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Publication numberUS7239807 B2
Publication typeGrant
Application numberUS 10/067,351
Publication dateJul 3, 2007
Filing dateFeb 7, 2002
Priority dateFeb 7, 2002
Fee statusPaid
Also published asUS20040208517
Publication number067351, 10067351, US 7239807 B2, US 7239807B2, US-B2-7239807, US7239807 B2, US7239807B2
InventorsFrederic F. Simard, Emmanuel Seitelbach
Original AssigneeNortel Networks Limited
Export CitationBiBTeX, EndNote, RefMan
External Links: USPTO, USPTO Assignment, Espacenet
Variable clamp equalization method and apparatus
US 7239807 B2
Abstract
The present invention relates to a variable clamp equalization method and apparatus, the method includes measuring optical signal to noise ratio (OSNR) values for each wavelength, computing a raw power adjustment value for each wavelength, computing a raw power adjustment correction factor for each computed raw power adjustment value based on a computed OSNR range value in accordance with a pre-defined variable clamp value schedule, wherein a larger clamp is scheduled for use when the computed OSNR range value is larger, and a smaller clamp is scheduled for use when the computed OSNR range value is smaller. The method further includes determining a clamped power adjustment value for each wavelength, applying the corresponding determined clamped power adjustment value to each wavelength, and iterating the aforementioned until the computed OSNR range value is within pre-defined boundaries, whereby the signal is considered equalized.
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Claims(6)
1. A variable clamp equalization method for a plurality of wavelengths in a signal, comprising the steps of:
(i) measuring optical signal to noise ratio (OSNR) values for each wavelength;
(ii) computing an OSNR range value of the measured OSNR values;
(iii) computing an OSNR average value of the measured OSNR values;
(iv) computing a raw power adjustment value for each wavelength by subtracting each wavelength's measured OSNR value from the computed OSNR average value;
(v) computing a raw power adjustment correction factor for each computed raw power adjustment value based on the computed OSNR range value in accordance with a pre-defined variable clamp value schedule, wherein a larger clamp is scheduled for use when the computed OSNR range value is larger, and a smaller clamp is scheduled for use when the computed OSNR range value is smaller;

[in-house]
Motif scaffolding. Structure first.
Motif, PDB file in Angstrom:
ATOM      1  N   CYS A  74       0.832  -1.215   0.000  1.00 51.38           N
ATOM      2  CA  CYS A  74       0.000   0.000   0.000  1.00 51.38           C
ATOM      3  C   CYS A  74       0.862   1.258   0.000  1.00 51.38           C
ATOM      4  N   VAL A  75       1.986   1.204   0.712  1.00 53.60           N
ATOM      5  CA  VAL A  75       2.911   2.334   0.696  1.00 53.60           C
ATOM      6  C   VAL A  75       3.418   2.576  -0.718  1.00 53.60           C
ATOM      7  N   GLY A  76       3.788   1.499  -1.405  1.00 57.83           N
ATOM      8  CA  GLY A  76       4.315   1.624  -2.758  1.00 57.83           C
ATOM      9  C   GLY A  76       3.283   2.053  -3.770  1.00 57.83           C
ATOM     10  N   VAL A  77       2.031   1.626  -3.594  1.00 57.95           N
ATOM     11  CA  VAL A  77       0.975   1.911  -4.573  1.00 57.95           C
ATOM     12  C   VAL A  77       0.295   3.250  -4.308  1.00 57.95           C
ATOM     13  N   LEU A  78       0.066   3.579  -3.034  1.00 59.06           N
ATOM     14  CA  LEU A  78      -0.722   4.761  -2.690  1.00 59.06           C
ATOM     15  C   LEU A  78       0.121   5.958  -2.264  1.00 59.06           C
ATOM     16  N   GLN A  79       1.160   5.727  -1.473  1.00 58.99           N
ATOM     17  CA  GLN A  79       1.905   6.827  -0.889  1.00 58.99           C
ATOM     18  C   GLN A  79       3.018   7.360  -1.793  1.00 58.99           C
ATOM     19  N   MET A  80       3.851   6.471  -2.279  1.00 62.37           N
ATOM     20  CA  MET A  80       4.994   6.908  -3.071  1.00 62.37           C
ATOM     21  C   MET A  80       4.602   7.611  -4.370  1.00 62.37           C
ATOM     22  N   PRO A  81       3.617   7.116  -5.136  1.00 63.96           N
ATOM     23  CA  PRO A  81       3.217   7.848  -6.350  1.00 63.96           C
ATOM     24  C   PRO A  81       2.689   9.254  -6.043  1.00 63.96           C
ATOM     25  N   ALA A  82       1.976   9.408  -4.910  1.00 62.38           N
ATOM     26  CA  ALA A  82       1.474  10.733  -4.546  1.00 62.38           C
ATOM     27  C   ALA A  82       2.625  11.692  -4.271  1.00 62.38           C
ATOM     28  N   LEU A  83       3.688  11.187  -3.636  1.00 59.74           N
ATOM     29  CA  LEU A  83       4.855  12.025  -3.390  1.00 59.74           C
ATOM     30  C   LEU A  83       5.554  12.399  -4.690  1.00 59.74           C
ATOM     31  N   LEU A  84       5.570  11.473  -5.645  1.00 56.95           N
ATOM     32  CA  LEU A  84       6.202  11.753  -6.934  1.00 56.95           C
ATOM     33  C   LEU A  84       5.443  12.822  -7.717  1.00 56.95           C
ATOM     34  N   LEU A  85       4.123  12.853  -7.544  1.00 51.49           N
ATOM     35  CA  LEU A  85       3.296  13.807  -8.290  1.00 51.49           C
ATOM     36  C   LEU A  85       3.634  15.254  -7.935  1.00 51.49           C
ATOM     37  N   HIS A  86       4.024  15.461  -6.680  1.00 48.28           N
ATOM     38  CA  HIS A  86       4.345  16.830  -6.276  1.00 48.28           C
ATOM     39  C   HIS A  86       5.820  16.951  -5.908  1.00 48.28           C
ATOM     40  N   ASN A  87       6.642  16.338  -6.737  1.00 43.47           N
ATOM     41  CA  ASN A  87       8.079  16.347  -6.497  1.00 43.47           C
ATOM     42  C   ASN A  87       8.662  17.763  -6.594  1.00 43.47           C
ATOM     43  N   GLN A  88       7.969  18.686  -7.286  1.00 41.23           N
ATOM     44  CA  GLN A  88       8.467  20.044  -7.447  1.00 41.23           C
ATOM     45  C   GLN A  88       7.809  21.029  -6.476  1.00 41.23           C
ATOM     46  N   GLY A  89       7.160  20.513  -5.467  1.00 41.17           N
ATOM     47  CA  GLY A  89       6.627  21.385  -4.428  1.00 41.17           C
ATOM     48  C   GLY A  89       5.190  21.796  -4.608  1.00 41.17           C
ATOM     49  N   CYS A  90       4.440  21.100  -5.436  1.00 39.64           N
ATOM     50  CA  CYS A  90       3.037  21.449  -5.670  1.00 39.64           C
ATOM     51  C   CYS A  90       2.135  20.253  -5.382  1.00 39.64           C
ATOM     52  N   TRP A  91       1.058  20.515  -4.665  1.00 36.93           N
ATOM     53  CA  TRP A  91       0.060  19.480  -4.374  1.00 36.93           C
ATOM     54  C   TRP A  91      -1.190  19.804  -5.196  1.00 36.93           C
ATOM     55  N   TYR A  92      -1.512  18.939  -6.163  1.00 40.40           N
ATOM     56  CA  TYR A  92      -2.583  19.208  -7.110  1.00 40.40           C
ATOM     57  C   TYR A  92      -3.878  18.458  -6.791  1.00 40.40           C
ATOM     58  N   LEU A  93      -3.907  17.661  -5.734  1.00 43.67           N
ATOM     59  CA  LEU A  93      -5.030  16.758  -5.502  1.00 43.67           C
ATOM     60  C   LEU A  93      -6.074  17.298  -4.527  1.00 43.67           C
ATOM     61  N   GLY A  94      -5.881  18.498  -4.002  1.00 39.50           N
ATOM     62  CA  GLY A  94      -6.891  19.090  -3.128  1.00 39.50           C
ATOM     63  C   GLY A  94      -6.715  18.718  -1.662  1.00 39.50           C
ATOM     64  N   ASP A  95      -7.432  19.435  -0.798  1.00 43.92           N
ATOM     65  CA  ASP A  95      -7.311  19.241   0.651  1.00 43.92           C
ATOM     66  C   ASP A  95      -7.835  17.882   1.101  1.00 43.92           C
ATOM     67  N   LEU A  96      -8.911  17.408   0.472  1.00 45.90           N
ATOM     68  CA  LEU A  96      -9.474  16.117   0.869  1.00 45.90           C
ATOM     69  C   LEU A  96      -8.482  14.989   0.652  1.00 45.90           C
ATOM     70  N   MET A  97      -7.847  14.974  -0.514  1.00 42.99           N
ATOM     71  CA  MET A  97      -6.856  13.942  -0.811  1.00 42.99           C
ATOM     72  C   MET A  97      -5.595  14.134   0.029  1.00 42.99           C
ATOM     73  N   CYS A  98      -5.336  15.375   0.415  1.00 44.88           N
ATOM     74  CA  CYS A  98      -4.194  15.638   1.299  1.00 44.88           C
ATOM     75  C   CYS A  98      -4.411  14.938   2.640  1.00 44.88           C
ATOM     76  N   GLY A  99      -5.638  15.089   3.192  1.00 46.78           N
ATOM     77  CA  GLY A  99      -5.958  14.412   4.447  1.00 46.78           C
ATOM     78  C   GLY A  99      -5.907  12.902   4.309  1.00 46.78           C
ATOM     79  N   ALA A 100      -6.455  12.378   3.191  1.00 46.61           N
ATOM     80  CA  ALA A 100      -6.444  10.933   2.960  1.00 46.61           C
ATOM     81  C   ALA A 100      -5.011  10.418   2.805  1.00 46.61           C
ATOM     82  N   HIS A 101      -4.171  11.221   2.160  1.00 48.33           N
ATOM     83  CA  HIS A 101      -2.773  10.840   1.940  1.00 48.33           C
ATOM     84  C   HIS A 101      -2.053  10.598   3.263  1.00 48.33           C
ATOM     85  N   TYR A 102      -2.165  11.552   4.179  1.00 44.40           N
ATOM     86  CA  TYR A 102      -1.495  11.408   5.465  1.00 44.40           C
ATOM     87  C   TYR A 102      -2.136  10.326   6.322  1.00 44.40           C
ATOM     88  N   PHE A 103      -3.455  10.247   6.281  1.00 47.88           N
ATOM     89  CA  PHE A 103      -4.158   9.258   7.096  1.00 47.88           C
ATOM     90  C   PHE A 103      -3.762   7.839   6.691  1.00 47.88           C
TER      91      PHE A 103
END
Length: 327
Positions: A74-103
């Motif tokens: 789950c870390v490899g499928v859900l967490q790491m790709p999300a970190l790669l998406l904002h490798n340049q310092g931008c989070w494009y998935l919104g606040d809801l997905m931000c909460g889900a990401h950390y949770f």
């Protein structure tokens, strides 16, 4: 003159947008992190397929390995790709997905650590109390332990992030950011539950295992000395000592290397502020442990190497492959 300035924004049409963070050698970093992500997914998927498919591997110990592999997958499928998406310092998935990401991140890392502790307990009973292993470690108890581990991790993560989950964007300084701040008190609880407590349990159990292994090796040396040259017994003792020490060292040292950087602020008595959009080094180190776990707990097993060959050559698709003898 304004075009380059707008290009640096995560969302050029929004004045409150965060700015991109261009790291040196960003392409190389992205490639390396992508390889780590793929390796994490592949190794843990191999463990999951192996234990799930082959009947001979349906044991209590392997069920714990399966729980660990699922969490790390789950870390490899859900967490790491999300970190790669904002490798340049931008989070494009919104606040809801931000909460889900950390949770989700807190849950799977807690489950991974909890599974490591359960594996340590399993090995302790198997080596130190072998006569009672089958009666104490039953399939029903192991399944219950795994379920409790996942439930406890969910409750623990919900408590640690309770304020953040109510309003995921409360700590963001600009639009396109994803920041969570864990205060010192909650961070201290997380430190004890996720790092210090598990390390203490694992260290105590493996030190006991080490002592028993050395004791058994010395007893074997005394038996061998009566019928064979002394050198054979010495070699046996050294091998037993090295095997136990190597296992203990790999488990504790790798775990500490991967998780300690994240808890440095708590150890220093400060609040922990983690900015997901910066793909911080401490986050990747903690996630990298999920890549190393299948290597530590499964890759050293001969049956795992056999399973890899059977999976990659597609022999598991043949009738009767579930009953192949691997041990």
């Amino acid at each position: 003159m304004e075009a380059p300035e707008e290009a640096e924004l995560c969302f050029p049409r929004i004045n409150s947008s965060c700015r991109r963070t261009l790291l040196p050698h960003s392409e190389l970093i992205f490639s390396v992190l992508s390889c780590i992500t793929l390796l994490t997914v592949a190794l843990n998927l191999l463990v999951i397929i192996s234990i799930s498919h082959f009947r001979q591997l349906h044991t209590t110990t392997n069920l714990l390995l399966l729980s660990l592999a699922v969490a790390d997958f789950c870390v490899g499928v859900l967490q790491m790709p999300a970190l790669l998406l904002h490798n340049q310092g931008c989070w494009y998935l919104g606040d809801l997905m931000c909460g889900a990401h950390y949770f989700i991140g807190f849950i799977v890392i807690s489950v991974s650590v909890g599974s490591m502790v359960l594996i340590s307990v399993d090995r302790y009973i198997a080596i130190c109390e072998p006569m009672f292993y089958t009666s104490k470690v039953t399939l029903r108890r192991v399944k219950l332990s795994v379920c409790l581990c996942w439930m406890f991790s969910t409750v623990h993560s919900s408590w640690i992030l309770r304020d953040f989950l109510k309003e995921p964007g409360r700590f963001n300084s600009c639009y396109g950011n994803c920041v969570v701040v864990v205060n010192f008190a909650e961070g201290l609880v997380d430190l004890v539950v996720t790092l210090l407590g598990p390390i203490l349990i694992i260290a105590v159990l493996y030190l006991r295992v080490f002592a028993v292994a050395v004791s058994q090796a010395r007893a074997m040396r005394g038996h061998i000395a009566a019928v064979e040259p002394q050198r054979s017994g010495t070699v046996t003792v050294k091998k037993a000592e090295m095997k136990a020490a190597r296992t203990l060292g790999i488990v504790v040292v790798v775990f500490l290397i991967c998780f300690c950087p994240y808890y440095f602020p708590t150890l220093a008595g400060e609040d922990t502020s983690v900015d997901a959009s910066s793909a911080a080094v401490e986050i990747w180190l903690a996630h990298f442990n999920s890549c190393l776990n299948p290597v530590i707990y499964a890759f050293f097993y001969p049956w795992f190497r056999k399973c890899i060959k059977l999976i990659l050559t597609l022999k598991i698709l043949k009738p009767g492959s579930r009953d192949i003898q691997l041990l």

(vi) determining a clamped power adjustment value for each wavelength by multiplying each computed raw power adjustment value by the computed raw power adjustment correction factor;
(vii) applying the corresponding determined clamped power adjustment value to each wavelength; and
(viii) iterating steps (i) through (vii) until the computed OSNR range value is within pre-defined boundaries, whereby the signal is considered equalized.
2. The method according to claim 1, wherein the raw power adjustment correction factor is computed by:
(i) determining the largest magnitude computed raw power adjustment value; and
(ii) dividing the scheduled clamp value by the determined largest magnitude computed raw power adjustment value.
3. A variable clamp equalization apparatus for a plurality of wavelengths in a signal, comprising:
(i) means for measuring optical signal to noise ratio (OSNR) values for each wavelength;
(ii) means for computing an OSNR range value of the measured OSNR values;
(iii) means for computing an OSNR average value of the measured OSNR values;(iv) means for computing a raw power adjustment value for each wavelength by subtracting each wavelength's measured OSNR value from the computed OSNR average value;
(v) means for computing a raw power adjustment correction factor for each computed raw power adjustment value based on the computed OSNR range value in accordance with a pre-defined variable clamp value schedule, wherein a larger clamp is scheduled for use when the computed OSNR range value is larger, and a smaller clamp is scheduled for use when the computed OSNR range value is smaller;